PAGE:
Dead Space review

Welcome to the new Rapture...

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But Dead Space’s real showpiece is its Zero G environments. When the gravity is removed the fun really starts, and you’ll be running along more walls and ceilings than Spider-man. Usually the space hopping is combined with a lack of oxygen. If you’ve not been bolstering your O2 supplied via the BENCH upgrade system, the time limit can make for a tense scramble for the next airlock. Hotfooting it across the ship’s hull with low oxygen reserves is bad enough, but things are made even worse (or is that better?) by the silence. Sound bleeds out along with the oxygen, which mutes the tell-tale warnings of approaching Necromorphs.

The menu system is another striking feature, and another original idea among a sea of, erm, ‘borrowed’ mechanics. Ammo, health and stasis bars are brilliantly integrated into Issac’s suit, and an additional holo-display menu, independent of the orbital camera’s movement, deals with the rest. Sleek and efficient, it further immerses you in the world. Cleverly, tapping a button will inject Isaac with a health booster (provided you’ve got one on hand) while you can alsohot-swap weapons on the fly so you’re never left totally helpless mid-scrap.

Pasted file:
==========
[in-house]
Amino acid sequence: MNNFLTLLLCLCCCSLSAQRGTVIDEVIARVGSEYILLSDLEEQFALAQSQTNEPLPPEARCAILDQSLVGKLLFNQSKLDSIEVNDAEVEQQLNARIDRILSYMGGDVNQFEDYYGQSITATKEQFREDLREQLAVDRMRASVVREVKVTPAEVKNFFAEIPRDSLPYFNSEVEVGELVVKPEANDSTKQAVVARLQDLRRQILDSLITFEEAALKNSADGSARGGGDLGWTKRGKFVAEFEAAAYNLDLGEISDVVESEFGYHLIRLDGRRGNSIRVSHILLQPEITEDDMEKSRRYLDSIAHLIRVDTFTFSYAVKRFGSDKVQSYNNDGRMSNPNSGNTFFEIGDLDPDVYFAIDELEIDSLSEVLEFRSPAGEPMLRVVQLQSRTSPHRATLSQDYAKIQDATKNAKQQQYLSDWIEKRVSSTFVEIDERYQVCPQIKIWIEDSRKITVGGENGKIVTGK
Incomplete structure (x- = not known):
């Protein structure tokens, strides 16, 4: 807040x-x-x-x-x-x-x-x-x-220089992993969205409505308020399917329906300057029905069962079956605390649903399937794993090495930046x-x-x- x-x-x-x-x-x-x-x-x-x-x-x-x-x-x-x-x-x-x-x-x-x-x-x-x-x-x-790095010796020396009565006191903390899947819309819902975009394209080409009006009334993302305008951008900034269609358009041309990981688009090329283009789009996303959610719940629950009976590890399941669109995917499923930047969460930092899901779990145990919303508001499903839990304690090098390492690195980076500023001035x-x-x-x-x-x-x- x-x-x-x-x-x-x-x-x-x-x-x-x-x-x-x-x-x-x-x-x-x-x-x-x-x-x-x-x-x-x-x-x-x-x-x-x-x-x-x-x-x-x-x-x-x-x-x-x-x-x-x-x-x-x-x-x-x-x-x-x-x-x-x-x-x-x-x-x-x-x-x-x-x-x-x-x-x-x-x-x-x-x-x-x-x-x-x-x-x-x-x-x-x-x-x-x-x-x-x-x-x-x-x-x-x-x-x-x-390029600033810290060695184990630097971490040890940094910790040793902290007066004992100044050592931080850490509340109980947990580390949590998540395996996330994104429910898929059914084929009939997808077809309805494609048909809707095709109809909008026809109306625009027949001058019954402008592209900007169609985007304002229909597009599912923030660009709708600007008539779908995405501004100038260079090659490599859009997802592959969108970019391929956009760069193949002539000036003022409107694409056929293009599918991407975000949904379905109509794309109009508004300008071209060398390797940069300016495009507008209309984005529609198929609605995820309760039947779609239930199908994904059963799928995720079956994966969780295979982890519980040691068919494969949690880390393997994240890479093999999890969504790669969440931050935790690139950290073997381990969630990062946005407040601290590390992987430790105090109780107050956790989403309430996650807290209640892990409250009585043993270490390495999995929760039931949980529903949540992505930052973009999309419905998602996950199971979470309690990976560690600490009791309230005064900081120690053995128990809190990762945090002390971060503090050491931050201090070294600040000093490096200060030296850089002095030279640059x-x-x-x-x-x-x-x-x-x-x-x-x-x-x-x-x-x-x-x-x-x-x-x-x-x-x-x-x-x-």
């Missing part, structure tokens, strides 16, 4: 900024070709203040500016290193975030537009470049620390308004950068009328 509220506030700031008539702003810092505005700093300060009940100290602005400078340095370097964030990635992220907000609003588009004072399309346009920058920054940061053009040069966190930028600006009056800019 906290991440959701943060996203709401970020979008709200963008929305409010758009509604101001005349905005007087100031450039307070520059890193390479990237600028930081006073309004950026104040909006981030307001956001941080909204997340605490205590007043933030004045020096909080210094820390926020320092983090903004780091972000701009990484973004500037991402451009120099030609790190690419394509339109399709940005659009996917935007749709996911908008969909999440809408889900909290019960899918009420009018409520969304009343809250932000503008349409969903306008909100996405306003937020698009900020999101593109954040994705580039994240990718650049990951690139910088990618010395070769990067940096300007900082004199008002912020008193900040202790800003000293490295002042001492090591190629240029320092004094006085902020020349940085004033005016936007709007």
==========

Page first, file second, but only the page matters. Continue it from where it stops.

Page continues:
Lots of care has been poured into the Ishimura’s design, and despite the action taking place almost entirely on one ship you’re never left pining for a change of scenery. The Ishimura’s segregated into various decks and labs, each with a distinct palette. Even when you return to a previous area you won’t feel safe. The first fight through the med labs was a fluorescent-tubed, blood-drenched nightmare, but the return visit forces you to rely on almost torchlight alone before hurrying you along with wave after wave of disaster. Exploring or even re-exploring the decks is a nail-biting experience, driven forward by the film-worthy script and inspired setting. It’s Rapture in space: every bit as disturbing, just as meticulously designed and easily as believable.

That’s not to say the Ishimura is perfect. Astonishingly for a horror game there’s an absolute abundance of save locations and stores littered around the ship, and because you’re never far from the next save point the darkened corners aren’t as terrifying as they could have been. This naivety is to be expected from the team whose previous credits include The Godfather, The Simpsons Game and Sims Pets, but it’s forgivable – Dead Space perfects so many crucial elements that this one oversight is largely insignificant. If you want a more tense experience just stick on Impossible mode which is unlocked after the first completion, and refrain from using the ‘safe’ rooms (though you’ll discover these are far less safe than you’d expect) as much as possible. Just make sure your first run through is on Hard – regardless of how bad you think you are.

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